Dr. Mac’s Rants & Raves
Last week I wrote about how excited I was to try the Cricut Maker smart cutting machine, and how disappointed I was when I discovered it could only cut balsa or basswood successfully if the artwork details were “at least as thick as a pencil.”
Needless to say, this put a crimp in my dream of cutting perfect wood inlays from my Mac or iOS device. But, since I already had the Cricut Maker, I tried cutting a variety of other materials that weren’t hampered by the “pencil thickness” limitation.
I’m glad I did. Although I was initially attracted to Cricut Maker for its ability to cut wood, I didn’t fall in love with it until I had used it to create dozens of interesting, fun, and useful projects.
I Didn’t Know You Could Do That With Vinyl
The first thing I tried cutting (after wood) was self-sticking vinyl. This versatile material is inexpensive, comes in a wide variety of colors and textures, and is great for many things including door or window signs and more.
For my window sign, I created the artwork (all text in this case) using the web-based Cricut Design software. Then, I affixed an uncut sheet of vinyl to a 12×12-inch cutting mat (included) and inserted it into the Cricut Maker cutting machine. Back at my Mac, I clicked the “Make It” button…
After a few minutes the sign was done.
After cutting, the next step is to “weed” the vinyl. This means removing all the unneeded parts, like the little pieces inside characters like A, B, D, O, 4, 8, and so on. Cricut sells tools specifically designed for weeding, and they are thoughtfully designed. But I found an X-Acto knife and tweezer almost as effective.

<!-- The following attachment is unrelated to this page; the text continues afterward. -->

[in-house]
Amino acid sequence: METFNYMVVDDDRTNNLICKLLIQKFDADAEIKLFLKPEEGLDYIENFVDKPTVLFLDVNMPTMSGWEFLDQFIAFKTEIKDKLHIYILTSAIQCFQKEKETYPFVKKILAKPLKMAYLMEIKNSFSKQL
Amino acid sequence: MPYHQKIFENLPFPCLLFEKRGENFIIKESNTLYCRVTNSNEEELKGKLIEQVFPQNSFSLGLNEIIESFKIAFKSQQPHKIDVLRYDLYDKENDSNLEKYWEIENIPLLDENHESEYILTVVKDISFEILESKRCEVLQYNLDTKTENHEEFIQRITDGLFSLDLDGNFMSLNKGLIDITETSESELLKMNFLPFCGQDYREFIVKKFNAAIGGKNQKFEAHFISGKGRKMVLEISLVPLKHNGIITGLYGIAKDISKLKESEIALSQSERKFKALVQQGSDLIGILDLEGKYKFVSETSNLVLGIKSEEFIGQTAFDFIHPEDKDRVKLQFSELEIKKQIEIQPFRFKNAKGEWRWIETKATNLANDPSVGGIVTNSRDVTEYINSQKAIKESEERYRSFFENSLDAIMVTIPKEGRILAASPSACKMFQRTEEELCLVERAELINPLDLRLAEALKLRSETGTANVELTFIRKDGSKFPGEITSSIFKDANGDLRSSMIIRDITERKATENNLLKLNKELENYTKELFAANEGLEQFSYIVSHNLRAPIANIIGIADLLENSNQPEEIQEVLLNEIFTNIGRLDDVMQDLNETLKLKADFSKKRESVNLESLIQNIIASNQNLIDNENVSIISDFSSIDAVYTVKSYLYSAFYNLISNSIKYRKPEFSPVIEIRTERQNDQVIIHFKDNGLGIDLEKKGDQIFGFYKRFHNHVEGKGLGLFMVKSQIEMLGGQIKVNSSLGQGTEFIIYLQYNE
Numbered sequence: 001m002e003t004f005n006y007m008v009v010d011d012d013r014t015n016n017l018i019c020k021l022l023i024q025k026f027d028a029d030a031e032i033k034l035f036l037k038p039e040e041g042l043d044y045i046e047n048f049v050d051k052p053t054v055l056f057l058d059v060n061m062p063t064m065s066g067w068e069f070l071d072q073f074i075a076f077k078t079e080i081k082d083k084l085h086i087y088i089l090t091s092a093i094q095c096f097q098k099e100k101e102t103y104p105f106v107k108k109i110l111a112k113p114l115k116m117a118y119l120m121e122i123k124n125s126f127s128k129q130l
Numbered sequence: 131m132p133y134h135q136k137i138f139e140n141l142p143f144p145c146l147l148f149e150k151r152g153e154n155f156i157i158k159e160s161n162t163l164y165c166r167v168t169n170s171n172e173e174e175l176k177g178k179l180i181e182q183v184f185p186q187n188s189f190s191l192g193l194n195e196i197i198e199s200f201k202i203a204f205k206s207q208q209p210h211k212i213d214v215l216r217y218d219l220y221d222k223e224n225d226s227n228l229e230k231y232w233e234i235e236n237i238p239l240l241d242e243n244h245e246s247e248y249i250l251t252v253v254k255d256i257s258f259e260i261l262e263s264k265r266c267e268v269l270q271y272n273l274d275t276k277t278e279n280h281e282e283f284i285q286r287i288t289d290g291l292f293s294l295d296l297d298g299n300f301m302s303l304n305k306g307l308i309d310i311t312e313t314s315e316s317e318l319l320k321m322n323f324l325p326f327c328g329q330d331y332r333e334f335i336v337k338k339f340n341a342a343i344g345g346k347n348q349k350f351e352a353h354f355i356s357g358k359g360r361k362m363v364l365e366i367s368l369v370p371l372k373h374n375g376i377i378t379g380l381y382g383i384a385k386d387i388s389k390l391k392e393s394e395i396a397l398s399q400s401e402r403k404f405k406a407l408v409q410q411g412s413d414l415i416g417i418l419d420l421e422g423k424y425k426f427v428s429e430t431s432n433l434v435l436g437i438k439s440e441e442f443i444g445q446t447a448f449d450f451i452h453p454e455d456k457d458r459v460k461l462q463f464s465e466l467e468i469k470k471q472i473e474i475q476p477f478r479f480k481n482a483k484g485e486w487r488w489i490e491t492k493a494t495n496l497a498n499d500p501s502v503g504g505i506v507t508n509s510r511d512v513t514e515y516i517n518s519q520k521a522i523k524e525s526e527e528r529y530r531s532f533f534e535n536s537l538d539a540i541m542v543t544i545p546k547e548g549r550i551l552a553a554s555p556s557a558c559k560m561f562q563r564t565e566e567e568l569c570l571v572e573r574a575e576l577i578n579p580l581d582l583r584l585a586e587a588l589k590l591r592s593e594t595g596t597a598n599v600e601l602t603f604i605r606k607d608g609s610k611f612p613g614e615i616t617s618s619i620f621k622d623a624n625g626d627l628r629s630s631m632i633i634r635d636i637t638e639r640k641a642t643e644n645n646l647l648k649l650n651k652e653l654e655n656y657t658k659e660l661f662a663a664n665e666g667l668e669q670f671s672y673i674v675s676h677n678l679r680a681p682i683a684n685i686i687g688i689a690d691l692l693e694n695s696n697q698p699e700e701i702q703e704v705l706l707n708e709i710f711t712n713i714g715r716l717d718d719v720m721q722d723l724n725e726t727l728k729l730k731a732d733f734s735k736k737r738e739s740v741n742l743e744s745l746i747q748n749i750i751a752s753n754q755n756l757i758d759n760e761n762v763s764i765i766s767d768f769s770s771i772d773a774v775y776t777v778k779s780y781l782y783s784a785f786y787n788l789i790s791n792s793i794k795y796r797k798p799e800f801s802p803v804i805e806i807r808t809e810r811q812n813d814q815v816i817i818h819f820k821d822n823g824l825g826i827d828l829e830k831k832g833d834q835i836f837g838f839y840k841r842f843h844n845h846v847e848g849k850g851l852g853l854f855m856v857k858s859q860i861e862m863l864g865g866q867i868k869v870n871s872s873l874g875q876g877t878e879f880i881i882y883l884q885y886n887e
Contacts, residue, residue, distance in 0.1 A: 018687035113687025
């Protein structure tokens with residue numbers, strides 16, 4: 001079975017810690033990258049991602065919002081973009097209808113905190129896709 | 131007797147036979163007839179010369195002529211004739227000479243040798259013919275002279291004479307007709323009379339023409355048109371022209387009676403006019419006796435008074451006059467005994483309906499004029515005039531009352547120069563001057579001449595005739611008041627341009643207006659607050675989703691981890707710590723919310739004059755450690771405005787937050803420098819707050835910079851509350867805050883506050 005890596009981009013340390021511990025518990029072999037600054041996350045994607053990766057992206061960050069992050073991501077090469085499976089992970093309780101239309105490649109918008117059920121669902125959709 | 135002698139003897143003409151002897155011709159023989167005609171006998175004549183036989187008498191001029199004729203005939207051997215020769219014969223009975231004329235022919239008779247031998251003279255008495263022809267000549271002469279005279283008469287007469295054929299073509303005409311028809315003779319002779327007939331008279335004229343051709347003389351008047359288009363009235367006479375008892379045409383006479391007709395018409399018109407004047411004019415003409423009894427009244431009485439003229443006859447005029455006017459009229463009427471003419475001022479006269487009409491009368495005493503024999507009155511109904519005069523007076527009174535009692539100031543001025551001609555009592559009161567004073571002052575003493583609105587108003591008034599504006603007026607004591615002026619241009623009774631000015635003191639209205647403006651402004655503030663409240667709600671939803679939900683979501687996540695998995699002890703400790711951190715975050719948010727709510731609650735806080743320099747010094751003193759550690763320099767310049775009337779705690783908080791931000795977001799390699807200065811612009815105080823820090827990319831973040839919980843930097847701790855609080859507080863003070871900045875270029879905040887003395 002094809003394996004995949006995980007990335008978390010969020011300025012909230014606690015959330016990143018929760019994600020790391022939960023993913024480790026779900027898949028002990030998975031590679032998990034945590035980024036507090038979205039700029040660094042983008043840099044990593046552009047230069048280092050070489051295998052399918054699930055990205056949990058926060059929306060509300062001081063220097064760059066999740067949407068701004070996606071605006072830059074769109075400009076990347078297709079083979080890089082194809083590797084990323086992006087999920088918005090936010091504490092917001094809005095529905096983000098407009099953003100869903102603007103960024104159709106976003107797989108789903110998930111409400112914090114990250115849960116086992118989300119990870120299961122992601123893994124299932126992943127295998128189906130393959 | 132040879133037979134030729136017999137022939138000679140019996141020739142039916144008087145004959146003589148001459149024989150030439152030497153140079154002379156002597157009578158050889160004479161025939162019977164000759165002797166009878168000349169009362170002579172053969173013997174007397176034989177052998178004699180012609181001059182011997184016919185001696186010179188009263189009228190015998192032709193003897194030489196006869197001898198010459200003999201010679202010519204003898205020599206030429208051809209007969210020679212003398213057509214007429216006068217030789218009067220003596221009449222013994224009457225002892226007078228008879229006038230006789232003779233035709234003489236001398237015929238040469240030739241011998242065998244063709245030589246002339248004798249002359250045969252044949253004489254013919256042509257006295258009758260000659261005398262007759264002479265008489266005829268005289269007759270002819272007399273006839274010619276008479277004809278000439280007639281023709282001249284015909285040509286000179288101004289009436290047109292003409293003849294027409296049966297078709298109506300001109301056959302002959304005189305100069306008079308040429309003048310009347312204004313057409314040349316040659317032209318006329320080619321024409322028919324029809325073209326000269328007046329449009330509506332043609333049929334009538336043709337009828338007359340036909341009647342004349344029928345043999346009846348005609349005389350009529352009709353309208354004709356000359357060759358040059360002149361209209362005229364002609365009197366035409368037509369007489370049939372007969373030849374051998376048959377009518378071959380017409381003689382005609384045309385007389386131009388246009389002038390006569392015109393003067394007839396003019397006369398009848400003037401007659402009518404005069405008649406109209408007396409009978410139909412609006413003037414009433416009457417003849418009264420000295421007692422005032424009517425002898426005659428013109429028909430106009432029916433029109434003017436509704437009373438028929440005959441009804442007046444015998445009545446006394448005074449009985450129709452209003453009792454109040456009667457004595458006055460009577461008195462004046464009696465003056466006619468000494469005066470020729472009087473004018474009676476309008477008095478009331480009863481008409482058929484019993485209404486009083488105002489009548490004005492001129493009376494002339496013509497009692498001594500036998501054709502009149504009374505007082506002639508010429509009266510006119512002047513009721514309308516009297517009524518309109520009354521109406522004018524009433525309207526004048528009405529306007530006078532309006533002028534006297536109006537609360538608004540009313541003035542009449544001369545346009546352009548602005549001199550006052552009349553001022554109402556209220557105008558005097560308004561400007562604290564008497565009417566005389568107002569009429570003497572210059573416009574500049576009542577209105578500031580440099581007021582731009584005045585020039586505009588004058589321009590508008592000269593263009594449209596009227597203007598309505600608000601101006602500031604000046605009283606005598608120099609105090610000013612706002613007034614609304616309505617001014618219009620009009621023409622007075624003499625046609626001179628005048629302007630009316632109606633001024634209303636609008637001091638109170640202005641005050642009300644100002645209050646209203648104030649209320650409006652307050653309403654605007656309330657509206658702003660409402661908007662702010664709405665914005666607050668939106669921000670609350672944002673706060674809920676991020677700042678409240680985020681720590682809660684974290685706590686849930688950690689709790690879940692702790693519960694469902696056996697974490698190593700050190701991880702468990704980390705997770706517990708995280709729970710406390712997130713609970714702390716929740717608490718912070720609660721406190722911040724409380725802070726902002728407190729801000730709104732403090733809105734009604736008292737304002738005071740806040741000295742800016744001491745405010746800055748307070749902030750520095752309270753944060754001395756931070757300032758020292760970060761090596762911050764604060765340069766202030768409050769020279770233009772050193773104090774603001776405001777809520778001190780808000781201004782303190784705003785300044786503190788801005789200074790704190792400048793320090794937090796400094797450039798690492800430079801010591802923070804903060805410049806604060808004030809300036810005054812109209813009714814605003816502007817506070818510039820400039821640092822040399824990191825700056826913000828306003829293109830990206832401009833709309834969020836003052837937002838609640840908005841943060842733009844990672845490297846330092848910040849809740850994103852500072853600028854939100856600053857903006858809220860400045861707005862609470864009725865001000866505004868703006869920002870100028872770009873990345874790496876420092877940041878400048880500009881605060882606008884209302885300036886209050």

After weeding, you need to cover your artwork with an adhesive “transfer sheet” to maintain letter, line, and artwork spacing when you apply it. This prevents having to affix each sticky little letter by hand and virtually guarantees professional results.
The final step is to peel away the backing from the vinyl, affix your sign to the door or window (making sure it’s nice and straight), and then peeling away the transfer sheet that held the letters in place.
Not surprisingly, this is the same process you’d use for things that aren’t door signs, such as stencils (for painting), heat-transfers (for ironing onto clothing), and etched glassware.
Professional-Looking T-Shirts and Painted Signs
Here are some of my creations. For this sign, I first cut a vinyl stencil, weeded it, and then affixed it to a board. Three light coats of spray paint, a couple of eye-hooks, and a strip of rawhide were all it took to turn it into a lovely hanging sign.
And, because the Cricut Maker cuts out individual letters and graphic elements, t-shirts don’t have the glossy, tacky home-made look, but instead look like they were professionally silkscreened.
Surprise! It Creates Etched Glassware!
I knew the Cricut machine could cut wood, vinyl, fabric, and heat-transfers, but using it to etch glassware took me completely by surprise.
To etch a design into glass, you first cut a vinyl stencil, weed it, and apply it to the glassware. Then, (carefully following the instructions because it is extremely caustic), merely spread Armour Etch cream ($10 and up at Amazon.com) over the stencil. After 5 minutes, carefully rinse away the cream, and your design is permanently (and perfectly) etched into the glass
It’s simple and easy and the results are amazing.
If you’re like me, and enjoy making unique items from scratch as much as I do, visit Cricut’s web site or your local Michael’s store to find out more about this flexible peripheral for your Mac (or PC, iOS, or Android device).
Cricut Maker. Cricut. $369. www.cricut.com.